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... pop up, in a frivolous or portentous spirit, and they are often relevant to the concerns of William Gaddis’s later novels, JR and Carpenter’s Gothic. One of the slighter-seeming themes is the learned American’s scorn for those of his compatriots who know no language but English. If you have ever been in Athens or Rome with an ...

Diary

Gillian Darley: John Evelyn and his gardens, 8 June 2006

... paper chase at the British Library, where his archive arrived as late as 1995. In the early 1800s, William Bray, a solicitor and antiquarian, and William Upcott, a librarian whose address was Autograph Cottage and who was a notorious ‘collector’ of other people’s unconsidered trifles, arrived at Wotton and were invited ...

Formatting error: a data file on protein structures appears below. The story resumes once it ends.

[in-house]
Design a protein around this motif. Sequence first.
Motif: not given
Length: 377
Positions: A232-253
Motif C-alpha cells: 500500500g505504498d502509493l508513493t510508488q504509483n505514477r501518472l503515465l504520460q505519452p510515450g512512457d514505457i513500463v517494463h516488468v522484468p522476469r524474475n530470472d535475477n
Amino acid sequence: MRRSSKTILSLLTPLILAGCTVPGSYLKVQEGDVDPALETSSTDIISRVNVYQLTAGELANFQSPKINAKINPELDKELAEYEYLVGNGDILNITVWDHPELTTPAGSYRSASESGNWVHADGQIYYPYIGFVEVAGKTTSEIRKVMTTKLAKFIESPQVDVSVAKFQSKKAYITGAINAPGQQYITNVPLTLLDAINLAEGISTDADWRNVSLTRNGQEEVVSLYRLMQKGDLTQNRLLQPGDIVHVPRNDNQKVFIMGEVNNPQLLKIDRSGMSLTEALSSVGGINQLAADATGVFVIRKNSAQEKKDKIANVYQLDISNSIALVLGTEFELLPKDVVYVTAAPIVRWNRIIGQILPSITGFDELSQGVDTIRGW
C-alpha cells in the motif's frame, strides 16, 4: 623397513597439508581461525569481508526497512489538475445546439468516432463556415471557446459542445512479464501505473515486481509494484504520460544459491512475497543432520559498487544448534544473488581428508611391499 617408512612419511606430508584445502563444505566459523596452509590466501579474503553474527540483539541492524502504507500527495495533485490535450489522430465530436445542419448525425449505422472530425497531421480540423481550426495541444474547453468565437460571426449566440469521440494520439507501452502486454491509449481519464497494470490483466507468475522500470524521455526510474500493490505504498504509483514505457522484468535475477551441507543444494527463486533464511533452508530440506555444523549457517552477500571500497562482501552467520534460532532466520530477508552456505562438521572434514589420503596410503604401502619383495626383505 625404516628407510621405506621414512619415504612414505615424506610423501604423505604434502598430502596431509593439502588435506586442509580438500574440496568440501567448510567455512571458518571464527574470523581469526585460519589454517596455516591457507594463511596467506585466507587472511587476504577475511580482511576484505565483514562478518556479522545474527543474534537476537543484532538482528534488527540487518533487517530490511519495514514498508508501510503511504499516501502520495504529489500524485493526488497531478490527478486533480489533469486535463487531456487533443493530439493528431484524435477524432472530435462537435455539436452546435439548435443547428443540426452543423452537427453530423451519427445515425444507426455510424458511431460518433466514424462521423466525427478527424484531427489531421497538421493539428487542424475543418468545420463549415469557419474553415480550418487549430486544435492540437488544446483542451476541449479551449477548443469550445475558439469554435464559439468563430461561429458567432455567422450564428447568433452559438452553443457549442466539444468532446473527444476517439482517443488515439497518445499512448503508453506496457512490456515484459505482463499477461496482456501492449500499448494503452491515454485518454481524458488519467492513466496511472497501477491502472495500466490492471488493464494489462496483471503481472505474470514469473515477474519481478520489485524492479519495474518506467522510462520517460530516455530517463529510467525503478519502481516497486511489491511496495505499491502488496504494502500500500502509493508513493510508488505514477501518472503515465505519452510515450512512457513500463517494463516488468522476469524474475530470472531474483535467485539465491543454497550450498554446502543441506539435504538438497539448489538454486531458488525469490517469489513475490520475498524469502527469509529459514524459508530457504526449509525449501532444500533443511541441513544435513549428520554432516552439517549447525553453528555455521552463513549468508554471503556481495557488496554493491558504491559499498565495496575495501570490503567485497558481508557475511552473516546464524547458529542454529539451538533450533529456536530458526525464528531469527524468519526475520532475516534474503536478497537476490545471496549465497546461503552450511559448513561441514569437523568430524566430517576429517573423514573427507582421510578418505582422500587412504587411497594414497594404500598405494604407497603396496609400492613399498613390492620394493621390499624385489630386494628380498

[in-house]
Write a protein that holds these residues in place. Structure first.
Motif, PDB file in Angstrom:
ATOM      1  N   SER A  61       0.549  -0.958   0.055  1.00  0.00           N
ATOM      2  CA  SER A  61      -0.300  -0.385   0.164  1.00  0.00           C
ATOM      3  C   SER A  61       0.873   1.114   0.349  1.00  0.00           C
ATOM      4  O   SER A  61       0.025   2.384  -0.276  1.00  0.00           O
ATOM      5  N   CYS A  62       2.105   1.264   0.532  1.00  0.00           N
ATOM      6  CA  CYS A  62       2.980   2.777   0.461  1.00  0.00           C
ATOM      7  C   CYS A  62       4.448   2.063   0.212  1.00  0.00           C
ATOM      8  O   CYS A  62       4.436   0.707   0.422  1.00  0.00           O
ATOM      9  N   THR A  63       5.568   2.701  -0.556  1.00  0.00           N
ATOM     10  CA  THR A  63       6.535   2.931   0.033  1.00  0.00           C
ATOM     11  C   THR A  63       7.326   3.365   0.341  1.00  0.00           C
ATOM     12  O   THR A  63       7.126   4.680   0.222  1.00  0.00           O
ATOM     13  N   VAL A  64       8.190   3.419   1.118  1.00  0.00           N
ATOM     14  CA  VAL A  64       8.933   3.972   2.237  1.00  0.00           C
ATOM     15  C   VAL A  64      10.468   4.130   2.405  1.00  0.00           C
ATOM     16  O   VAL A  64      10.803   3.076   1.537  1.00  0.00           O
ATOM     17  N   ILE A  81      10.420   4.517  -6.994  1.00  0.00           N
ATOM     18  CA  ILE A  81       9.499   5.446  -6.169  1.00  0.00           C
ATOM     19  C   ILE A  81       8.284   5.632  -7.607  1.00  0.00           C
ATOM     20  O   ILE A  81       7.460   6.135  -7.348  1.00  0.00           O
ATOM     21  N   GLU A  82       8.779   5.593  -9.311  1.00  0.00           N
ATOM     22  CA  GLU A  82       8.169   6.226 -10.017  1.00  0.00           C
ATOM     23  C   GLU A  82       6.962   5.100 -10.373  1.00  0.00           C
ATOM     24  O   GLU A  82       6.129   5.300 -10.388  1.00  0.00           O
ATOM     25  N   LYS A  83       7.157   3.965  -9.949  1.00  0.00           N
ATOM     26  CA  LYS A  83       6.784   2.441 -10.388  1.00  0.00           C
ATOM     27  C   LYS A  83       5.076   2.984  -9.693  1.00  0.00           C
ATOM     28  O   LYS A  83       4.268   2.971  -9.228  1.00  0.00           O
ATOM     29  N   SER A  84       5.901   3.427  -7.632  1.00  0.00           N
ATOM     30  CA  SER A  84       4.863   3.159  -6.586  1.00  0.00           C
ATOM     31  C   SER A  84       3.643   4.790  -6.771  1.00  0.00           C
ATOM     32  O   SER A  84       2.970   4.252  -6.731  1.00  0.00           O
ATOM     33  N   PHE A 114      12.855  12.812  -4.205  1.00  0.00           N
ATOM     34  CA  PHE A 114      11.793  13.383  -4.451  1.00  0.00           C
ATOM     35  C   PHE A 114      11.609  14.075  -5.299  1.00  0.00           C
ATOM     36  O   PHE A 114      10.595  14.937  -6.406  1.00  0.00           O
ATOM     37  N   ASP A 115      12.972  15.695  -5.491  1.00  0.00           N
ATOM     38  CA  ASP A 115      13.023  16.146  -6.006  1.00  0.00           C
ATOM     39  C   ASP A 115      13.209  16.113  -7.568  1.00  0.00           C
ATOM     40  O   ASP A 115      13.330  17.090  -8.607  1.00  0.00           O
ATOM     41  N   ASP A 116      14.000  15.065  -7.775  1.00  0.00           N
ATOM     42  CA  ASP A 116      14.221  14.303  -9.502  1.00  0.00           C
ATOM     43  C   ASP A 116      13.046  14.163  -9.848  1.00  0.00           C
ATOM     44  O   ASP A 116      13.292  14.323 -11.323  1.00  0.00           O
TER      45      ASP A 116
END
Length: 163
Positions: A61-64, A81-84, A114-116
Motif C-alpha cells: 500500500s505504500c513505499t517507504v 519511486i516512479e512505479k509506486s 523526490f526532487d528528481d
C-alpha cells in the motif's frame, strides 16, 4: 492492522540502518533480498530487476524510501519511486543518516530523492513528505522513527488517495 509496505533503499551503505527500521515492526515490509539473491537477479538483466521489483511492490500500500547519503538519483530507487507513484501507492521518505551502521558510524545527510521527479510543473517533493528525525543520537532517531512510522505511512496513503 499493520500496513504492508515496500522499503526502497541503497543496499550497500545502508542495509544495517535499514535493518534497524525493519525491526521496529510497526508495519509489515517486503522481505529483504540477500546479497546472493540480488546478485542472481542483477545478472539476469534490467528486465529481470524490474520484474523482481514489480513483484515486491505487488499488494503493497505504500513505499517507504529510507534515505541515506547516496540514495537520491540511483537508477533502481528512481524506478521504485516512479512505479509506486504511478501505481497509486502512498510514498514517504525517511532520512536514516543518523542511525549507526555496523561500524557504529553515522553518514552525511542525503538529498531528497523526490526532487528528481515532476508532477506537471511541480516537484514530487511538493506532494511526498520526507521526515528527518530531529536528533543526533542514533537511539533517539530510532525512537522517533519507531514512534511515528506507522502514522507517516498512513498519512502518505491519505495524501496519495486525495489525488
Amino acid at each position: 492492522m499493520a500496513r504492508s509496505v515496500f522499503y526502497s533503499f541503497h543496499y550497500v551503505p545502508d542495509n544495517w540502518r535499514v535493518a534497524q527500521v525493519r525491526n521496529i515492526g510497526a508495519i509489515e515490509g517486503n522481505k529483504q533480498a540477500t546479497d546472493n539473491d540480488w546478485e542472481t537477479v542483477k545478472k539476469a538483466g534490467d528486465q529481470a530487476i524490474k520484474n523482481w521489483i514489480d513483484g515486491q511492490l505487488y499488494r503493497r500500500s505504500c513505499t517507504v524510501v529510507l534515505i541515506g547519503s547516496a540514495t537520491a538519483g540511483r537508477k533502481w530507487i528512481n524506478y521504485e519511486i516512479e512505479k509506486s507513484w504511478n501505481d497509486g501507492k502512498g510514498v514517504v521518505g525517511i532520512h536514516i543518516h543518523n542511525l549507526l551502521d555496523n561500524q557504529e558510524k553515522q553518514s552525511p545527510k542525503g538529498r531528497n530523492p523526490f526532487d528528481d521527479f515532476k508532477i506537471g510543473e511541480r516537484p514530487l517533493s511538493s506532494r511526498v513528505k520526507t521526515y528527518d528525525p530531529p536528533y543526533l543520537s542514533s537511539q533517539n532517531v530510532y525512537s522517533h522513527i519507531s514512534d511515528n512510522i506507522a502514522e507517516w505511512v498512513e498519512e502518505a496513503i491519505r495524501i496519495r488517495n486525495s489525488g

Hallelujah Lasses

E.S. Turner: The Salvation Army, 24 May 2001

Pulling the Devil’s Kingdom down: The Salvation Army in Victorian Britain 
by Pamela Walker.
California, 337 pp., £22.95, April 2001, 0 520 22591 0
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... and Fire, but that was bagged a couple of years ago by Roy Hattersley for his massive biography of William and Catherine Booth, the Army’s founders. William, the ‘Fool of God’ who made such diverse sinners as Cecil Rhodes and Margot Asquith kneel and pray with him in railway carriages, remains something of a background ...

Did You Have Bombs?